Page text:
Rajasthan Royals 142 for 6 (Hodge 52*, Rahane 52) beat Otago 139 for 7 (Neesham 32, Shukla 3-23) by four wickets
Scorecard and ball-by-ball details
Fancy beating Rajasthan Royals in Jaipur? Forget it. Royals extended their winning streak at the Sawai Mansingh Stadium to 12, beating the confident Otago by four wickets to keep the semi-final options open in Group A. Royals progressed briskly initially in their chase of a middling 140, stuttered after their middle order fell to rash strokes, before Brad Hodge played the rescue act with an electric 52 to stall Otago's spirited recovery. Though Royals had already booked their place in the knockouts, there was still some context in this match, for this victory means they will stay back in Jaipur for their semi-final.
A further 15-20 runs could have made the difference for Otago. Having scored a mammoth 242 earlier in the tournament, their impressive top order was blown away by the relatively unknown Rahul Shukla. The Jharkhand seamer came in as a replacement for Vikramjeet Malik and in the space of six balls, he proved it to be an inspired selection. Bowling the fourth over, he struck with his first ball, removing Hamish Rutherford's middle stump as the batsman looked to play across the line. Two balls later, he got rid of the captain Brendon McCullum trapped in front with one that came in. There was room for one more wicket in the over and it came via a bizarre shot by Derek de Boorder.
It got worse for Otago when the in-form Neil Broom perished to a top edge off Shane Watson, leaving them reeling at 21 for 4. Otago's progress in the tournament was orchestrated by meaty contributions by the top order. Now they found themselves in a situation they weren't accustomed to, and it was up to the lower order to cover the slack.
James Neesham gave the innings some impetus with a quick 32, but he was lucky to have been let off on 0, when the umpire Paul Reiffel failed to notice a thick inside edge on the way to the keeper. Nathan McCullum and Ian Butler ensured Otago played out 20 overs, their cameos pushing the score to 139. While it was below par, from 21 for 4, it was an improvement.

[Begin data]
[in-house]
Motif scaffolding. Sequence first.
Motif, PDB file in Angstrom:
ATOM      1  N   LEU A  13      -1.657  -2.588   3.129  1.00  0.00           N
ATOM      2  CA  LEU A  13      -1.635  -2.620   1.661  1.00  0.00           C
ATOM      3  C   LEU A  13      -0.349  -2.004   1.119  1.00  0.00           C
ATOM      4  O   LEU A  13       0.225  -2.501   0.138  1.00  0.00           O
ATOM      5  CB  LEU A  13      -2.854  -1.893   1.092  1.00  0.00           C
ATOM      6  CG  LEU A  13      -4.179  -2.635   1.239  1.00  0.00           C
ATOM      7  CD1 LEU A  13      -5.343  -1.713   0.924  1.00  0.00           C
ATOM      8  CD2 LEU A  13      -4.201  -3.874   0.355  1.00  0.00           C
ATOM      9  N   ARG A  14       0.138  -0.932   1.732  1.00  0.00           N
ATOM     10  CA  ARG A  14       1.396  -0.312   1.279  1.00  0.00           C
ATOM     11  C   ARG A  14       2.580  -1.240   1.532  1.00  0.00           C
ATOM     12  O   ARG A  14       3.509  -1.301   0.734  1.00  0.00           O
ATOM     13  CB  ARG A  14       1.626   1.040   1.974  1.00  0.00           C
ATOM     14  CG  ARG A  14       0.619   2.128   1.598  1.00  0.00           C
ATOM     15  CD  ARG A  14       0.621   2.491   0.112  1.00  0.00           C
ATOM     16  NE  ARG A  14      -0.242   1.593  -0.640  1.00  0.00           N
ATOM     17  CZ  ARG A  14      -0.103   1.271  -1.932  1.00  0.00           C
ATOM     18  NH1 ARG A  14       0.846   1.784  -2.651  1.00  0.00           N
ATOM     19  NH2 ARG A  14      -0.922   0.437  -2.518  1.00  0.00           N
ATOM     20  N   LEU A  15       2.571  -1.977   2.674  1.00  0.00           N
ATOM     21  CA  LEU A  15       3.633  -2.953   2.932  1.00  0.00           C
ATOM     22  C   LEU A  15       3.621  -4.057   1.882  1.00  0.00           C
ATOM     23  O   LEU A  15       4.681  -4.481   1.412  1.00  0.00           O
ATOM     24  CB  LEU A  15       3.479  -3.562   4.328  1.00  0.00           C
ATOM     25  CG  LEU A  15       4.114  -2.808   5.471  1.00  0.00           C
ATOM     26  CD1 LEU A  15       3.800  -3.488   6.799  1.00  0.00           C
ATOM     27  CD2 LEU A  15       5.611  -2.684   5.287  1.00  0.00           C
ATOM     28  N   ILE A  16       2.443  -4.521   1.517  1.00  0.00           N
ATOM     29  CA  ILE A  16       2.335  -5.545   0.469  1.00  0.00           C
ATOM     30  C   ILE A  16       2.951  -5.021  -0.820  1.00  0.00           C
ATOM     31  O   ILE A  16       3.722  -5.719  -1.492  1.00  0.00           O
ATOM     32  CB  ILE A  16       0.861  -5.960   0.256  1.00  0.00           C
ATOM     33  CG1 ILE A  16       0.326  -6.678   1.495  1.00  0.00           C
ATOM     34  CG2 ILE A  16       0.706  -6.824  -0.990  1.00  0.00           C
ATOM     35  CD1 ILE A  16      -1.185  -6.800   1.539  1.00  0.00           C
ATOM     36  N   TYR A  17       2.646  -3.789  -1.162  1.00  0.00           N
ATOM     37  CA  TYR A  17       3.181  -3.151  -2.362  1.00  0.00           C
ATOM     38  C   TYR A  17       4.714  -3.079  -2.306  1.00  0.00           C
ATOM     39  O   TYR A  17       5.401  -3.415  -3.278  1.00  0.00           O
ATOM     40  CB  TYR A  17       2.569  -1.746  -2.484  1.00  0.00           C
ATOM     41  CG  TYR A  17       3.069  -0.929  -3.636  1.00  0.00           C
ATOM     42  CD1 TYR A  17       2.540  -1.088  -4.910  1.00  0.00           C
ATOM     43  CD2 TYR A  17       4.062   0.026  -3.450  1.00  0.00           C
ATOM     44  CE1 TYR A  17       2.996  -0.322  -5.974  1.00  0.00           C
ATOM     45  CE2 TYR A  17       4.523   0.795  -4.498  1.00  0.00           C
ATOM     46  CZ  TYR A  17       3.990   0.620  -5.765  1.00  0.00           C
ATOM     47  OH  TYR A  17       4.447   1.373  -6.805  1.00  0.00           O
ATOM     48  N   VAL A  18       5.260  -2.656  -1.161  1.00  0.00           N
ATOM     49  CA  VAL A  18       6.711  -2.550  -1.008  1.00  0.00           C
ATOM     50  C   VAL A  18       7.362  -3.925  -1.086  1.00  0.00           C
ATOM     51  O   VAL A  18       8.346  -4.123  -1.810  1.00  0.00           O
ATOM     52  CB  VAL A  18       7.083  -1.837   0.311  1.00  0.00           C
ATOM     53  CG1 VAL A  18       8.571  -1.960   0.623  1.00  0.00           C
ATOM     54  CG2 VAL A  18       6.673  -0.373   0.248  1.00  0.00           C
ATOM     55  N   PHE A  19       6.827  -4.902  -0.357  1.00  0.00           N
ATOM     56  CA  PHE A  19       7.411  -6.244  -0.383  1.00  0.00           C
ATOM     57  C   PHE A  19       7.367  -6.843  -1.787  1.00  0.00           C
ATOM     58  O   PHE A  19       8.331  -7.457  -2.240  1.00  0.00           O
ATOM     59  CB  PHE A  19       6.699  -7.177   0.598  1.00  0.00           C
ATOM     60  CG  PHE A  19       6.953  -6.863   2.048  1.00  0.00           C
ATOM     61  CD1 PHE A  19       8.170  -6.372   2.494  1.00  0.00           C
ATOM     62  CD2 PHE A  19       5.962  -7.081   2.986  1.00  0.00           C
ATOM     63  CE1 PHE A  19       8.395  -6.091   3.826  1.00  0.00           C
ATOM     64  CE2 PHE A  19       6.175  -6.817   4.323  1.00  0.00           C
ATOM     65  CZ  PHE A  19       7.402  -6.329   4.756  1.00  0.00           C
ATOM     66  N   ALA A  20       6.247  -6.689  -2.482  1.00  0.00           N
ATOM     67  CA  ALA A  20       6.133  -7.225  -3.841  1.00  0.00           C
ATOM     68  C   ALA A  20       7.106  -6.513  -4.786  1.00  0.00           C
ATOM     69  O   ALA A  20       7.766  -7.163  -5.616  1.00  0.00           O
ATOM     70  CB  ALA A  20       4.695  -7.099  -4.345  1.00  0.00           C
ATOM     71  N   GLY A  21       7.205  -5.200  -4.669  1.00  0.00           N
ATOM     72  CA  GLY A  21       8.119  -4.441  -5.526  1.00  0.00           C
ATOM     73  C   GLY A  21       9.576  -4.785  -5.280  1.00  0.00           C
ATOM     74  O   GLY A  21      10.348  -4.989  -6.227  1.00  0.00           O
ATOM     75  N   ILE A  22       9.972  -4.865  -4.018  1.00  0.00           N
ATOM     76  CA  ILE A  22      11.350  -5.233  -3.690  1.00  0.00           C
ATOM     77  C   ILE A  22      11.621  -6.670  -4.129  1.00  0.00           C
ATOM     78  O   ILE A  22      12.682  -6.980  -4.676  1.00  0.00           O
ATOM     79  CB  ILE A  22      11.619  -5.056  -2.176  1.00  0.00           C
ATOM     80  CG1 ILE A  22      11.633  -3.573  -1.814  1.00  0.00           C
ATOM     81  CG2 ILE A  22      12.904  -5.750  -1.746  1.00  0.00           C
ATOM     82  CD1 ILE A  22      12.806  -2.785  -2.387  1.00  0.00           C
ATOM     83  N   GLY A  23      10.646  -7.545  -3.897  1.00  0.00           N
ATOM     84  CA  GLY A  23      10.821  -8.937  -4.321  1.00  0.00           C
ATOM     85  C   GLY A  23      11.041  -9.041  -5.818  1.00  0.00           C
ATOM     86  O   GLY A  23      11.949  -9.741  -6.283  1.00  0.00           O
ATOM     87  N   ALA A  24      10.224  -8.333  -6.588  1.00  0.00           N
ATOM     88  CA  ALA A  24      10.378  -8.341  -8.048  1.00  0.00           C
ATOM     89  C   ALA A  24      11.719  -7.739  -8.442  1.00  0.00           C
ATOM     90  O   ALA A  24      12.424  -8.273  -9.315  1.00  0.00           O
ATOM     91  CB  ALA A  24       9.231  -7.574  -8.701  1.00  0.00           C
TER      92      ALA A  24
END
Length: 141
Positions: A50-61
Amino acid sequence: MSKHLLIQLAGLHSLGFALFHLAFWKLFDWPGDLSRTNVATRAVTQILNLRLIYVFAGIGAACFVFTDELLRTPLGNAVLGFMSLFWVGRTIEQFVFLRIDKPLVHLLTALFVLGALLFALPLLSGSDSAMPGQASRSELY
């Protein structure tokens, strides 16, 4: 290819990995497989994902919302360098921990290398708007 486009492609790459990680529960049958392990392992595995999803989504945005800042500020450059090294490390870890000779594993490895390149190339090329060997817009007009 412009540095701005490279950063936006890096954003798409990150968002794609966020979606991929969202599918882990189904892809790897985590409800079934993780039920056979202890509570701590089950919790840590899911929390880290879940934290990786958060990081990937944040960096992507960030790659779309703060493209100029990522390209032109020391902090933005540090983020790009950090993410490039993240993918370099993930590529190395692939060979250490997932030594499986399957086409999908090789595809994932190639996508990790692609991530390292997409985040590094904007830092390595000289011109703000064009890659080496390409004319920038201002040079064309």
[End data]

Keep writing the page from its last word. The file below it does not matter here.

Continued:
Ajinkya Rahane got Royals off to a rapid start with some exquisite shots through the off side off the seamers. Rahane got his timing and placement perfect, taking Royals to 43 at the end of the Powerplay. Nathan McCullum's sharp reflexes at point, running backwards to pluck a catch to send back Rahul Dravid, was temporary relief, but Rahane's was the wicket they needed.
The middle order needed to bat around Rahane but Royals put pressure on themselves with some questionable shots. Sanju Samson played on to his stumps and both Shane Watson and Stuart Binny departed quickly edging behind. Rahane passed his fifty but fell chipping a full toss to mid-off. The boundaries dried up and the drought lasted five overs before Hodge released the pressure with a boundary over cover. Two balls later, he slogged a slower ball and got a lucky top edge that cleared the keeper.
Hodge ensured at least one boundary off every over. He made room to James McMillan and carved a six over third man and in the same over smashed one over extra cover, beating Neesham's dive. With 24 needed off the last three overs, it was still even and Ian Butler did well conceding only four runs off the first four balls. Hodge changed the complexion of the over with a six and four off consecutive balls to bring the equation firmly back in Royals' favour.
Dravid later described it as a nerve-wracking period in the game, but it was Hodge's experience that made the difference.
As for Otago's semi-final hopes, they will wait on the result of the Mumbai Indians-Perth Scorchers match on Wednesday. If Mumbai win, it will come down to a net run rate scenario between Mumbai and Otago.

Kanishkaa Balachandran is a senior sub-editor at ESPNcricinfo